The National Football League has concluded that when it comes to chucking content onto the digital playing field, simpler is better.

Last year, the league launched NFL Now — touted as a personalized online video network for gridiron fans — as a new service with highlights, features and other content, separate from NFL.com and its NFL Mobile apps. In addition, the $1.99-per-month NFL Now Plus premium package offered even more, including instant in-game highlights and access to a trove of archive material.

But for the 2015-16 season, which kicks off this week, NFL Now will no longer be a separate service. Instead, that video programming will feed into the league’s redesigned NFL Mobile app and other digital properties. NFL Now Plus will be discontinued; access to that content has been merged into Game Pass, a single digital-subscription plan for U.S. fans now priced at $100 per year with access to audio-only live gamecasts and on-demand HD replays of all 256 regular-season games.

“It’s a simplification for our fans,” said David Jurenka, the NFL’s VP of digital media operations. “We looked across every single app in our portfolio and found we were due for simplification.” He insisted that the change was made not because NFL Now had failed to attract users, but to consolidate content for easier access.

To that end, the new NFL Mobile app has been rejiggered to streamline navigation and now includes different “gameday” and “non-gameday” views. On gamedays, the app will present a matchup/scoreboard page with real-time scores, in-progress highlights or live video from NFL games. On days when games aren’t being played, NFL Mobile will feature news and video about teams and players.

In another shift, this year Verizon Wireless, which has exclusive live-streaming rights to NFL games on mobile phones, is eliminating the additional $5 monthly charge for all customers. The carrier is aiming to drive up wireless data usage by encouraging video viewing on the go.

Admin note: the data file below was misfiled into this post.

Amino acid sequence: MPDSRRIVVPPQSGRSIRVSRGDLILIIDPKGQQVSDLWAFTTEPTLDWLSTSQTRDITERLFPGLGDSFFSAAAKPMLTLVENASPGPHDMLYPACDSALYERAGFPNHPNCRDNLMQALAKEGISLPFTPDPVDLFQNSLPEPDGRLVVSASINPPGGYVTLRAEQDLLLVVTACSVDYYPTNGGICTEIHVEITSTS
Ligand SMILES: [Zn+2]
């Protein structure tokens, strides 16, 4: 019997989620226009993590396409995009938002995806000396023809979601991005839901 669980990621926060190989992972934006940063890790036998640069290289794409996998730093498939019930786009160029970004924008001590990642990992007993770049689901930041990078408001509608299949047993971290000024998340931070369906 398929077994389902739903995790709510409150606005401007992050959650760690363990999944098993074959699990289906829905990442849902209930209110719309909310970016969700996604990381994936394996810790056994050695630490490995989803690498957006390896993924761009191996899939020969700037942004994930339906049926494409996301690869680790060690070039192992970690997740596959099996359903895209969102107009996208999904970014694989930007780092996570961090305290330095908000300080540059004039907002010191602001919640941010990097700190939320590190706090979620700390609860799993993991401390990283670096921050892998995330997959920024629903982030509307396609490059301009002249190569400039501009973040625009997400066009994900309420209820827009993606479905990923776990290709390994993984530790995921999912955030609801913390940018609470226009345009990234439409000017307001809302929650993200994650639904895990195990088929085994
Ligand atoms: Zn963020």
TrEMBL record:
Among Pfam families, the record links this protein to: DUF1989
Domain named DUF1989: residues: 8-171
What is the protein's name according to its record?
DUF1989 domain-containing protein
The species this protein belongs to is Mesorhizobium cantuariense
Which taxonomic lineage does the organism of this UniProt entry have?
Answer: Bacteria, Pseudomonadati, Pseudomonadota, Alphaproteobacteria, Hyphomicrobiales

NFL Now, in addition to its inclusion on the mobile app, will be on the NFL’s connected-TV apps including for Microsoft Xbox One and Apple TV as well as on the web at nfl.com/now. Sponsors for NFL Now for the upcoming season include Coors Light, Geico, KFC, Lexus and National Car Rental.

The NFL Now lineup will again comprise content from NFL Media and the 32 teams, including a live show produced from the NFL Media studios in L.A. and “GameDay Blitz” on Sundays. Other live programming includes “The Rich Eisen Show” and “Fantasy Live,” as well as press conferences and special events including Combine Live or Draft Live.

Meanwhile, this year the NFL  in the U.S. is launching the $100 Game Pass, which merges its four separate premium-priced digital products — Game Rewind, Audio Pass, Preseason Live and NFL Now Plus — into a single service. (Internationally, Game Pass provides subscription-based access to live games.) For American fans, Game Pass includes full replays of games from 2009 to the current season, including the 2015 NFL Playoffs and Super Bowl 50, plus shows and video from NFL Films’ library.

The NFL’s Fantasy Football app will remain separate. That provides video highlights, free live scoring, player news, fantasy points projections and notifications, along with live drafts and full roster management.

In another digital development new this year, the NFL will use Zebra Technologies’ real-time location system in all 32 stadiums to track players and officials during games. That will collect data from radio-frequency identification (RFID) tags inside players’ shoulder pads to capture precise position, speed and distance stats like acceleration and total distance run. The league will incorporate that data across NFL.com, NFL Mobile and the Fantasy Football app.